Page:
German Finance minister Wolfgang Schäuble staunchly opposes further debt relief for Greece. This is the trap for the Germans and other creditor nations. A debt default would have severe negative consequences and is exactly why the Greeks have already been bailed out three times. Given previous bailouts, and the implications of not helping, it could be more “extend and pretend” in the case of Greece.
Greece’s economic woes have been exacerbated by the migrant crisis. Millions of third-world refugees have landed on its shores en route to the more prosperous North.
So, could the EU collapse under the weight of all its problems?
Conclusions on the Continent
None of these dilemmas will pass without significant pain caused to those involved. Yet, using responses to past crises as a guide, the collapse of the EU is not imminent.
However, the problems facing the continent are severe. It is hard to see how things can continue “as is” for another generation. If the EU doesn’t collapse outright, and it can’t “extend and pretend” forever, how will the future look?
The EU could integrate further into a full fiscal and political Union—the United States of Europe, if you will. But given how unfavorably the EU is viewed in Europe, that would be a hard sell.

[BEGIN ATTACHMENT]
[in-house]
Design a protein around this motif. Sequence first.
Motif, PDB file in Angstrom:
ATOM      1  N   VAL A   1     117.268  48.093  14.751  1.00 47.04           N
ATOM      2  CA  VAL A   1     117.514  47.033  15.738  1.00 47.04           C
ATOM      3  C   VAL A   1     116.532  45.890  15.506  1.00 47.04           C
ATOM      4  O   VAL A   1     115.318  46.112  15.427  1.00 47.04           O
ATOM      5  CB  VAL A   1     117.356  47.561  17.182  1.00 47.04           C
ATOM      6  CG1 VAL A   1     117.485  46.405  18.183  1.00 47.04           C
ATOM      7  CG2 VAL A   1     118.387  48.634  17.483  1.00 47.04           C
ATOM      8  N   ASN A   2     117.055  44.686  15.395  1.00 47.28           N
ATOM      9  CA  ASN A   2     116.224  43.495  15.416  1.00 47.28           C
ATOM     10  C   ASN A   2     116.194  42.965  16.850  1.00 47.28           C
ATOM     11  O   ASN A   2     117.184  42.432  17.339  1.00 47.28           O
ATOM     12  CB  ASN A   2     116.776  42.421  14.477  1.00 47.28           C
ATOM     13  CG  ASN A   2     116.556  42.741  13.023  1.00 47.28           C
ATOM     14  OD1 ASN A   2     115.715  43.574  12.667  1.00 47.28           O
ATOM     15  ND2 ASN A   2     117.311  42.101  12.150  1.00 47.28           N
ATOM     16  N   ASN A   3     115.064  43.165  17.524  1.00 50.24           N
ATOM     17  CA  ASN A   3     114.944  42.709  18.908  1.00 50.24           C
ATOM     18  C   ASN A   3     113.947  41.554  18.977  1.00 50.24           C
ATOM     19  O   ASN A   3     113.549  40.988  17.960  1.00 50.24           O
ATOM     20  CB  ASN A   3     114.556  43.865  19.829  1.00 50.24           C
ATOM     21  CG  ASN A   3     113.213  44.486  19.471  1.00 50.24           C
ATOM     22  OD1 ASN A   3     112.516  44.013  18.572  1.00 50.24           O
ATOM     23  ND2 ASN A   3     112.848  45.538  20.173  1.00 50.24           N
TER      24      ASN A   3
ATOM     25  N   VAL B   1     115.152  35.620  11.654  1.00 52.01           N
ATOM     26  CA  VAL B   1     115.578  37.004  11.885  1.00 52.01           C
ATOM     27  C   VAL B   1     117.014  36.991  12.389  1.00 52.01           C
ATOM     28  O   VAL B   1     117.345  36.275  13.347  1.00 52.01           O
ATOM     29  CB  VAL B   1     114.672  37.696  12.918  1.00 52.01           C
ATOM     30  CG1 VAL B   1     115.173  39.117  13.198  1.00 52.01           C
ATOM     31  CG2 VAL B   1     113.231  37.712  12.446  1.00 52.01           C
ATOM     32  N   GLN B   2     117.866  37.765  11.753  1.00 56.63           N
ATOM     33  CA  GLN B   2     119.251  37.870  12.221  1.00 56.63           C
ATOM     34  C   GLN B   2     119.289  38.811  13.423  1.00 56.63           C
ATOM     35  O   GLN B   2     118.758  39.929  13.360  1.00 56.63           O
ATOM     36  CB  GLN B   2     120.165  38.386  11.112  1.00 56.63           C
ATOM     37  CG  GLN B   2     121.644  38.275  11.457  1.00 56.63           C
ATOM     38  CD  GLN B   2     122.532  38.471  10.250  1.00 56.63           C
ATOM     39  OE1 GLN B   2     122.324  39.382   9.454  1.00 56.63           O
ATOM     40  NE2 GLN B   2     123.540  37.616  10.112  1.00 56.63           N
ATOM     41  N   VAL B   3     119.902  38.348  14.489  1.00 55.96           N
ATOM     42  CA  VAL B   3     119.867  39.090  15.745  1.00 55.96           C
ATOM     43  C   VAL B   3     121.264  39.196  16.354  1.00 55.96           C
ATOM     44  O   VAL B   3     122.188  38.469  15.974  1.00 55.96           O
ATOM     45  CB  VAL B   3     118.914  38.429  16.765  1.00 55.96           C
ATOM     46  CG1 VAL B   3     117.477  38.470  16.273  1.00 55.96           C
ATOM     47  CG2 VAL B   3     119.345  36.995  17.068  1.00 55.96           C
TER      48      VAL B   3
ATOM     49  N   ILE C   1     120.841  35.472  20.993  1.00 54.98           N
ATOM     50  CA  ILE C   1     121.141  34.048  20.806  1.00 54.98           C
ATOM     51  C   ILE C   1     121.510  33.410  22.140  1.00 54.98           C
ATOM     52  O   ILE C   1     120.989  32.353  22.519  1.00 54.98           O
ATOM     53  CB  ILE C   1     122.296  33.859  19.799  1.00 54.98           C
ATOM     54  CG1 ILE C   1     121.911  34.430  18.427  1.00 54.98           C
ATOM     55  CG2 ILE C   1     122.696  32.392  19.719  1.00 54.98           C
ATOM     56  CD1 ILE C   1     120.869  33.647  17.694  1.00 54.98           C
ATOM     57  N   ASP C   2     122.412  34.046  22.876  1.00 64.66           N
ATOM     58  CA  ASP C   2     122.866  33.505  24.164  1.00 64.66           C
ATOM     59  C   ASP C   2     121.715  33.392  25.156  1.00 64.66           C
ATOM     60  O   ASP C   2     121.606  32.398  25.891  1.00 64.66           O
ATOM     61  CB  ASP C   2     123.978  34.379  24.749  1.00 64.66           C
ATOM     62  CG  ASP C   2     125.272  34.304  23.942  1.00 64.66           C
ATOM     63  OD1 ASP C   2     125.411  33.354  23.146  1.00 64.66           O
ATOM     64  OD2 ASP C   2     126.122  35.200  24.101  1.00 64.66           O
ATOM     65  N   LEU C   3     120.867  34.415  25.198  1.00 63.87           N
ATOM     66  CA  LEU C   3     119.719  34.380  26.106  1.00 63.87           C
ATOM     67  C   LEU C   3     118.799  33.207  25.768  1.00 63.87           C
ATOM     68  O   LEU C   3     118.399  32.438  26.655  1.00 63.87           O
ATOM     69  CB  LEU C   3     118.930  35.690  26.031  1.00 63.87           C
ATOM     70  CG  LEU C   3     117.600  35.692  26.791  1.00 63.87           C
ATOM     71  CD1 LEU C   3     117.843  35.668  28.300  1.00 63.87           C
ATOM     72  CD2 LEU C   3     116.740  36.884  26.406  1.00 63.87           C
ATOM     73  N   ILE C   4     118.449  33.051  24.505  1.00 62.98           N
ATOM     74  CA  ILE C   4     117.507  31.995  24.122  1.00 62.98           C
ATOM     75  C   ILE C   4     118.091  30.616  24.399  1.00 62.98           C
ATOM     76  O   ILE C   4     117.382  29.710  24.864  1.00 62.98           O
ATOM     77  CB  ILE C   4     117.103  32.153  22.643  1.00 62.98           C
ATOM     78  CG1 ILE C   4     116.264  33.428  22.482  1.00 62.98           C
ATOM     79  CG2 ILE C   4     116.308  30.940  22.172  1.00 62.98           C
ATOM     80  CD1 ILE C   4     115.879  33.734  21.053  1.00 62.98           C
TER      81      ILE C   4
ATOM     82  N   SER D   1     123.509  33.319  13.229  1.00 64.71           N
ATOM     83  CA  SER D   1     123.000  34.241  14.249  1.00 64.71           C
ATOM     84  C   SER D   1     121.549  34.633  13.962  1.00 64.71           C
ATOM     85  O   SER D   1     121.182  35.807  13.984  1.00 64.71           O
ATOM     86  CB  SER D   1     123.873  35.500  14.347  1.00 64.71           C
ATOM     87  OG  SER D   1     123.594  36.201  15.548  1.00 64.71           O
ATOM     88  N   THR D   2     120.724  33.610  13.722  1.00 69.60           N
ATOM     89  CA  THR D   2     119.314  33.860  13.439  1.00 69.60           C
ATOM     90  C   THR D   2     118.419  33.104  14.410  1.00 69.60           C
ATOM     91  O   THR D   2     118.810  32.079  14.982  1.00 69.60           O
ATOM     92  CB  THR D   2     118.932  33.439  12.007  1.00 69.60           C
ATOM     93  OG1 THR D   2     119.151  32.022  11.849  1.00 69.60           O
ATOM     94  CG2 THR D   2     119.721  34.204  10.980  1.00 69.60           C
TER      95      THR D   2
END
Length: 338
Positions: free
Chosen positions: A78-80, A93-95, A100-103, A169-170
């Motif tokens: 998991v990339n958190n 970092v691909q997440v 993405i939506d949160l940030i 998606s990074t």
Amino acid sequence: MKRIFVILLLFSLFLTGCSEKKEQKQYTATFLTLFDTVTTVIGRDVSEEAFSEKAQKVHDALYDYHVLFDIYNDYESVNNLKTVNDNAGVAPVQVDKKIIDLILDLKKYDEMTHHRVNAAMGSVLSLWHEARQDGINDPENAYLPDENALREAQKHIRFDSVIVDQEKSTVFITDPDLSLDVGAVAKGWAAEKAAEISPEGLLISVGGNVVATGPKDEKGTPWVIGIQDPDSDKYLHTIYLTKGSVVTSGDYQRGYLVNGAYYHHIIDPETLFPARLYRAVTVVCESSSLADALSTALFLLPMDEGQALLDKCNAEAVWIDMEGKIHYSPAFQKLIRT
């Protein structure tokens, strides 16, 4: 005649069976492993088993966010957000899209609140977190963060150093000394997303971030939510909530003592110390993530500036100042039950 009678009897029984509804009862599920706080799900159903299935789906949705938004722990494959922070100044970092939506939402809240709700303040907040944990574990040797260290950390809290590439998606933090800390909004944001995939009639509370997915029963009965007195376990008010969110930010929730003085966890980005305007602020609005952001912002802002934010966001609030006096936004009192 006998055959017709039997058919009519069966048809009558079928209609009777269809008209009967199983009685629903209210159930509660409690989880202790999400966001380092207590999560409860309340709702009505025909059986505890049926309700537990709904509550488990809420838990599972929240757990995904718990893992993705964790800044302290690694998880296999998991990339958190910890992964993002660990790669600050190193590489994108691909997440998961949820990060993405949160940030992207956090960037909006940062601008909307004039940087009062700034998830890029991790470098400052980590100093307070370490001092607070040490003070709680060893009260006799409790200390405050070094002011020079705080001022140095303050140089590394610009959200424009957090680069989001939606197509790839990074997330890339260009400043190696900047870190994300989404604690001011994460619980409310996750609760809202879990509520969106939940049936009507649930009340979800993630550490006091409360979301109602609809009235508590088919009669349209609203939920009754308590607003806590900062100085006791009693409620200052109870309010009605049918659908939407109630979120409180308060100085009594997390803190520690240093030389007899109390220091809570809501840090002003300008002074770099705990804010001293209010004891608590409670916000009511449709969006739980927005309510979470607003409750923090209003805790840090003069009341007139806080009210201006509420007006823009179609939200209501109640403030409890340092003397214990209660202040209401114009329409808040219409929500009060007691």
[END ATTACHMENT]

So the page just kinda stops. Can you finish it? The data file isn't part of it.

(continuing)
A more likely outcome is that the EU remains intact but radically alters the way it operates. To start, nation-states must be allowed to put their interests ahead of those of the Union at the negotiating table. This is already happening—as Geopolitical Futures Chairman George Friedman details in this interview with my colleague Ed D'Agostino.
To end, I quote Winston Churchill:
The era of procrastination, of half-measures, of soothing and baffling expedients, of delays, is coming to its close. In its place, we are entering a period of consequences.
That was Churchill speaking three years before the outbreak of WWII.
Scenarios take a little longer to play out these days. The doomsday predictions for the EU may not be as accurate as those Churchill made 80 years ago.
Chief Analyst, RiskHedge